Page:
Deciding which career path to take is without a doubt challenging. Many people end up working in one field for a period and then opt for an entirely different field altogether because they aren’t satisfied with what they’re currently doing to put bread on the table. Speaking of bread on the table, besides rewarding and challenging work How much a job pays is definitely top of the list with regard to personal employment needs.
This article will focus specifically on careers in banking and securities and commodities, which according to authorare two of the most promising options for those considering a career in finance.
Let’s start with banking:
When one thinks of working for a bank, one of the first images that comes to mind is that of the bank teller. Working as a teller is where many people start as bank employees. According to Pay scale expected earnings are $17,338 – $28,884 a year. A formal qualification isn’t usually required to get an entry level position at a bank. However for those looking to climb the ladder to the likes of a branch manager will need a bachelor’s degree in finance, business or economics.
Branch managers can expect to earn $35,552 – $77,076 a year according to Pay Scale. High-level executive positions CEO’s and CFO’s are very well paid (Jamie Dimon of JPMorgan Chase made 23 million dollars in 2011).
However, climbing the ladder to reach these positions requires years of dedication and hard work and the positions themselves are few and far between.
Bank work includes a range of activities such as liaising with clients, setting up investment, saving and debit order facility on their behalf.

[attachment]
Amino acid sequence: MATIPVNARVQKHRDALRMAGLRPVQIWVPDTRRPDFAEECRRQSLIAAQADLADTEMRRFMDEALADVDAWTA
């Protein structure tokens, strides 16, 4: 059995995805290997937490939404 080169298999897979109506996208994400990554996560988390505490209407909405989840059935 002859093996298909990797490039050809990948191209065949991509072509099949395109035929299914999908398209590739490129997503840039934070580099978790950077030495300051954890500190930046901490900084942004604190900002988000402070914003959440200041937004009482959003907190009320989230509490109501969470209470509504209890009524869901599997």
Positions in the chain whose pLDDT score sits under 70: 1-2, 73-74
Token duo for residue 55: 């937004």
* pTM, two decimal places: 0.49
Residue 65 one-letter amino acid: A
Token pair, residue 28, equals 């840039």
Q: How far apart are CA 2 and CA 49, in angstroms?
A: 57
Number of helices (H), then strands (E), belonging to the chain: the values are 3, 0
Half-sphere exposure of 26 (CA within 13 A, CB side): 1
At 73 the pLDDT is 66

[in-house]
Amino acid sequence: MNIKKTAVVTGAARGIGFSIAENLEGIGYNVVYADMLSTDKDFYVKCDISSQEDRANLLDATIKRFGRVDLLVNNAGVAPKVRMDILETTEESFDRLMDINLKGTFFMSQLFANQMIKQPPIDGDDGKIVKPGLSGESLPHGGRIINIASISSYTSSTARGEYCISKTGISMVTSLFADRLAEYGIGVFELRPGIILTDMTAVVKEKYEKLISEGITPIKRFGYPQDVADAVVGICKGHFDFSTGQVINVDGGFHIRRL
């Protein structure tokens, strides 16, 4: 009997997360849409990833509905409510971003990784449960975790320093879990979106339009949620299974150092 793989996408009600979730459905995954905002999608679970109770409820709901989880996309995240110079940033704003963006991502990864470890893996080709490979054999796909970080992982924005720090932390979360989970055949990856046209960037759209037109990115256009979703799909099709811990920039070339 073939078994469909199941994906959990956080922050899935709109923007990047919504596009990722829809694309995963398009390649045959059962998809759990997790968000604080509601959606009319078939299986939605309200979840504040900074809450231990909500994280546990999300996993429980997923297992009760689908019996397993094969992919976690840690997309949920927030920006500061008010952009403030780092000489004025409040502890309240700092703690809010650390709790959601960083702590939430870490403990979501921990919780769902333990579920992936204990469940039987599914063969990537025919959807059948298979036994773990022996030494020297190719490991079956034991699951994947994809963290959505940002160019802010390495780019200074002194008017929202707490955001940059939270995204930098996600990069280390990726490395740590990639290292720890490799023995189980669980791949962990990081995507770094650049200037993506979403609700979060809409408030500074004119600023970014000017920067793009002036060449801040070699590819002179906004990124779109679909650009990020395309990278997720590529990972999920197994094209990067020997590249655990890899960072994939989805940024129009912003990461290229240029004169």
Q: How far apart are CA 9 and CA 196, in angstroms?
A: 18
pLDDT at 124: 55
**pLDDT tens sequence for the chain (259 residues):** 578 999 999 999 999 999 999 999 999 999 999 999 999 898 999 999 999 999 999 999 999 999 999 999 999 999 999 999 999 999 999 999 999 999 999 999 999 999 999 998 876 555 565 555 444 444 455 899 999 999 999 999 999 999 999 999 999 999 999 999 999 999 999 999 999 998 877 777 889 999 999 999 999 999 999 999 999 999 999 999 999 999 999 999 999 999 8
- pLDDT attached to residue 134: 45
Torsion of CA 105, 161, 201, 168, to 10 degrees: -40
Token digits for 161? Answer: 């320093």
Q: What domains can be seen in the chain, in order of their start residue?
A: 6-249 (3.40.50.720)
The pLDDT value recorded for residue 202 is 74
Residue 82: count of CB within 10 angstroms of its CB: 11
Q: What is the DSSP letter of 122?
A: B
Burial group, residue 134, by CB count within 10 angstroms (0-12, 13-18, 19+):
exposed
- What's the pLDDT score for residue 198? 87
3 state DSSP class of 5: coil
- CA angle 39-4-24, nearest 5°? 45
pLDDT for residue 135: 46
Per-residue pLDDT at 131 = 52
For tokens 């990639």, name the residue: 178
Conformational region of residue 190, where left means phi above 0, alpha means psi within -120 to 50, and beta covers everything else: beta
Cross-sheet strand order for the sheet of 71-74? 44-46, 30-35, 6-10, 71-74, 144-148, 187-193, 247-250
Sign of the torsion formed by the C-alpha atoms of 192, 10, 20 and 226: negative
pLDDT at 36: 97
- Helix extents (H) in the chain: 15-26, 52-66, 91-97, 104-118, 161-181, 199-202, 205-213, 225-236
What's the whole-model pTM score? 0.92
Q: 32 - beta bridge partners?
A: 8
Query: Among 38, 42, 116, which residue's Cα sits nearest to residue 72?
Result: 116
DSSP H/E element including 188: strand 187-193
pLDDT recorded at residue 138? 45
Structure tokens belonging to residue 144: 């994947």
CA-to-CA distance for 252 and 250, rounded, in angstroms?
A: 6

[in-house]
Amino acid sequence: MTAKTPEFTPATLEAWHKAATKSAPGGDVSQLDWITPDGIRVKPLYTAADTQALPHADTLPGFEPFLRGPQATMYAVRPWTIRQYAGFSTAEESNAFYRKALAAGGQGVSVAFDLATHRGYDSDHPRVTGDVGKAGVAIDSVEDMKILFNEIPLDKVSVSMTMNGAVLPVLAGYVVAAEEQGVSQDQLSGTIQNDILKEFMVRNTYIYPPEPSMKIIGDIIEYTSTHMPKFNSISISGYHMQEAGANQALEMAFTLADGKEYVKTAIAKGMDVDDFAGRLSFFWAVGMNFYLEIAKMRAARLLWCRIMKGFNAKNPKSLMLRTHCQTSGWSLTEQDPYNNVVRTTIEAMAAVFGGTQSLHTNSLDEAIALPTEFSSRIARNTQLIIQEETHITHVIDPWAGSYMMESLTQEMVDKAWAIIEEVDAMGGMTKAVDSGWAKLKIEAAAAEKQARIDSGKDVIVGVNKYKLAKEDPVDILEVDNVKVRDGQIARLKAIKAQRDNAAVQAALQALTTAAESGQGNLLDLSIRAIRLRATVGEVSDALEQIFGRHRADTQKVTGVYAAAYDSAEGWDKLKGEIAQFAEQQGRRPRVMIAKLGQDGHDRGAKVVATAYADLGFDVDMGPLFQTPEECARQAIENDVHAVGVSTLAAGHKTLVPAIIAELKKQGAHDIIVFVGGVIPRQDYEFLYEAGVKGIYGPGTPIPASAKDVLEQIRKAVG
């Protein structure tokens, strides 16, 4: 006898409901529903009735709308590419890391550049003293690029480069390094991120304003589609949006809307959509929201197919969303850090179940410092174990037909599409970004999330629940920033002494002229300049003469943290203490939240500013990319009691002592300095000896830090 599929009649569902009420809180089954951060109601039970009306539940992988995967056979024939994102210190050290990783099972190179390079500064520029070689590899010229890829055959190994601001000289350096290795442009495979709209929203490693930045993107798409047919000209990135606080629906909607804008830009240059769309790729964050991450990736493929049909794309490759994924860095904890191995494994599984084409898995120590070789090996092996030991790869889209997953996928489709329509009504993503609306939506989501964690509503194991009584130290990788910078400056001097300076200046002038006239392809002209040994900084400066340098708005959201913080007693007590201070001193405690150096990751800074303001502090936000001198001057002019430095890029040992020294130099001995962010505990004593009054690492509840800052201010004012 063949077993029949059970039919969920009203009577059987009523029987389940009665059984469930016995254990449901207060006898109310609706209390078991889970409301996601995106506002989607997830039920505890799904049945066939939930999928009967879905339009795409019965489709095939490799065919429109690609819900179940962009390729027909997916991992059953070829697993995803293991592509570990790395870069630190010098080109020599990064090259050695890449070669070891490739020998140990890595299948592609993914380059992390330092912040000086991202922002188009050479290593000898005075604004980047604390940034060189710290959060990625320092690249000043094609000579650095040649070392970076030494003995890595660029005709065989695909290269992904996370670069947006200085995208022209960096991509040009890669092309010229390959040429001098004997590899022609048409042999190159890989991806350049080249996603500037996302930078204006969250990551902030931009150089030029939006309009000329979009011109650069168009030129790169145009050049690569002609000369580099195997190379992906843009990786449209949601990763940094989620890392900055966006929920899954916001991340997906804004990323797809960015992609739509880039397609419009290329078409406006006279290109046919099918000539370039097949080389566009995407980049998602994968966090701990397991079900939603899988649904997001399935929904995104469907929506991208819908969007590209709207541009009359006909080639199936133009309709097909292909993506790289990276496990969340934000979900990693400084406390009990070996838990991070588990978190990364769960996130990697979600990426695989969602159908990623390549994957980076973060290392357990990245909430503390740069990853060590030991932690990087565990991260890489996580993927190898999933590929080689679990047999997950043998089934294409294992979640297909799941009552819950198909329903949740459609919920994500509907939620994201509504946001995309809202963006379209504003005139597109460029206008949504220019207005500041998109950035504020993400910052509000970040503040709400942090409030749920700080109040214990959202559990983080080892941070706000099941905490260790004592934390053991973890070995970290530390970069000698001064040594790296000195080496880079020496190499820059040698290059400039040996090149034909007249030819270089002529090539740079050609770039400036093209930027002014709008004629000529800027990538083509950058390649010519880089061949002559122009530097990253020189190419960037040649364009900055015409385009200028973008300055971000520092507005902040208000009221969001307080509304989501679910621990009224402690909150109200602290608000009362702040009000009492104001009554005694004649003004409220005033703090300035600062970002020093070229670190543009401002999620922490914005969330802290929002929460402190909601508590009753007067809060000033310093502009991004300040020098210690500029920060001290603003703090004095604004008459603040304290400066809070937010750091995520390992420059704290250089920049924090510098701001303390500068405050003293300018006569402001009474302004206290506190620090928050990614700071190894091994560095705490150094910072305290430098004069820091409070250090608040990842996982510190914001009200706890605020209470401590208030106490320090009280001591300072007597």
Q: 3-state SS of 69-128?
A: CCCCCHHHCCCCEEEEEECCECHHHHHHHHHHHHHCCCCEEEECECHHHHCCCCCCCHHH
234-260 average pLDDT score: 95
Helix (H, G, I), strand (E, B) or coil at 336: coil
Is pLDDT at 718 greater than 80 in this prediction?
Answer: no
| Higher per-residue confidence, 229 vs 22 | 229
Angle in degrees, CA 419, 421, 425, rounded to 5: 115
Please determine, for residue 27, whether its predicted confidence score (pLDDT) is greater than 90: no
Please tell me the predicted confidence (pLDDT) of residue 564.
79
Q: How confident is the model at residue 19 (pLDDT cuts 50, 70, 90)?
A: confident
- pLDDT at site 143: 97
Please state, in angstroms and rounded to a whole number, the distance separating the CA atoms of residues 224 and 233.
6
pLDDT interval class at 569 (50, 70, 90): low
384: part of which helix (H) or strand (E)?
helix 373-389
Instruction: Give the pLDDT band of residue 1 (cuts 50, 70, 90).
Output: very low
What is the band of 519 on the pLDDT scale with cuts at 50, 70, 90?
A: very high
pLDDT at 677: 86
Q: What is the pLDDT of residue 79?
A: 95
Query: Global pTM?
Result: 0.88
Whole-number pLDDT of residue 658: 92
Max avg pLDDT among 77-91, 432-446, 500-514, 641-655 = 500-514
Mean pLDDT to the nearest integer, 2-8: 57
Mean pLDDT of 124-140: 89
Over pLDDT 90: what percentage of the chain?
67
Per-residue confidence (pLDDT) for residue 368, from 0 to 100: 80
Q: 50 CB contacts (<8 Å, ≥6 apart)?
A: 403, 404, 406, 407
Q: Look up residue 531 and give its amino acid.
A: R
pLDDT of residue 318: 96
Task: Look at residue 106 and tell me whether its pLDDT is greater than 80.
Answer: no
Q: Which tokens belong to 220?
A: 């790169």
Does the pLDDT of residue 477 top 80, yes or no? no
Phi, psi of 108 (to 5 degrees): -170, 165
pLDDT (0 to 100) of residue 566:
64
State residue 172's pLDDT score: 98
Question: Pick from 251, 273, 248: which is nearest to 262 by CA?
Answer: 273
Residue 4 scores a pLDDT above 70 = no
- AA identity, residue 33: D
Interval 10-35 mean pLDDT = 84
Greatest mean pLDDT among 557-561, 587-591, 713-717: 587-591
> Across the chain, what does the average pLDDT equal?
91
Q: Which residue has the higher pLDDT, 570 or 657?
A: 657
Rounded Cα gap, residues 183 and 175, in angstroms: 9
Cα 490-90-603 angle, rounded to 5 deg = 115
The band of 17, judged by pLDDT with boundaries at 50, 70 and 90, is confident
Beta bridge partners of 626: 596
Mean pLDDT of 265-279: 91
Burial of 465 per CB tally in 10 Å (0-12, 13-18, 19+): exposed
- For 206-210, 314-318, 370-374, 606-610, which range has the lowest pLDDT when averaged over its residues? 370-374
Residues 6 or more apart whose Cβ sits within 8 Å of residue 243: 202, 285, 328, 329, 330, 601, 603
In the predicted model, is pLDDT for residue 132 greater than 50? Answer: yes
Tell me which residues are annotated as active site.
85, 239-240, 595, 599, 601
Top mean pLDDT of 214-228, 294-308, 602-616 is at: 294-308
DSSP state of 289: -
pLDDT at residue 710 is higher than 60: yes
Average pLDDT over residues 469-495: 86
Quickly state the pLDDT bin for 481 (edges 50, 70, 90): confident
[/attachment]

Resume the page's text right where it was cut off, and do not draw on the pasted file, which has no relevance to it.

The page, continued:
So that’s banking. Let’s move onto securities and commodities related positions:
Most of us have seen stock brokers on the trading floor in movies (a fairly popular scene). Everyone screams like banshees and the only words that can be deciphered are buy and sell. The operation has moved away from this quite a bit and most modern trading is done with the help of digital mediums.
Most people enter the field as stock brokers, which is one of the more well-known positions. Stock brokers rely more on commission than salary and earn $35,391 – $122,276 a year (Payscale). Entering the market isn’t as tough as one would think either. Entry-level typically require a bachelor’s degree in business or finance and upon completion, licensing exams.
As with most fields, practical performance outweighs theory initially and how well a person does depends more on dedication and persistence. Due to the commission based nature of this job, these two traits are crucial for those choosing this career area.
In most cases firms provide a good deal of assistance to those starting out as stock brokers and provide starter accounts as well as lists of potential contacts. The downside is however, that salaries can be deducted from commissions that are made initially.
As with banking, the top positions in securities are occupied by holders of financial related degrees and MBAs. Getting there is no small feat either and requires hours of hard work under stressful conditions.
Deciding on which path to choose will depend on personal and financial needs. Banking work tends to stick to regular hours (i.e. 9 5) which is great for those that have families. In contrast, securities jobs revolve around more irregular hours and overtime work will often be required, however the pay-off financially will be good.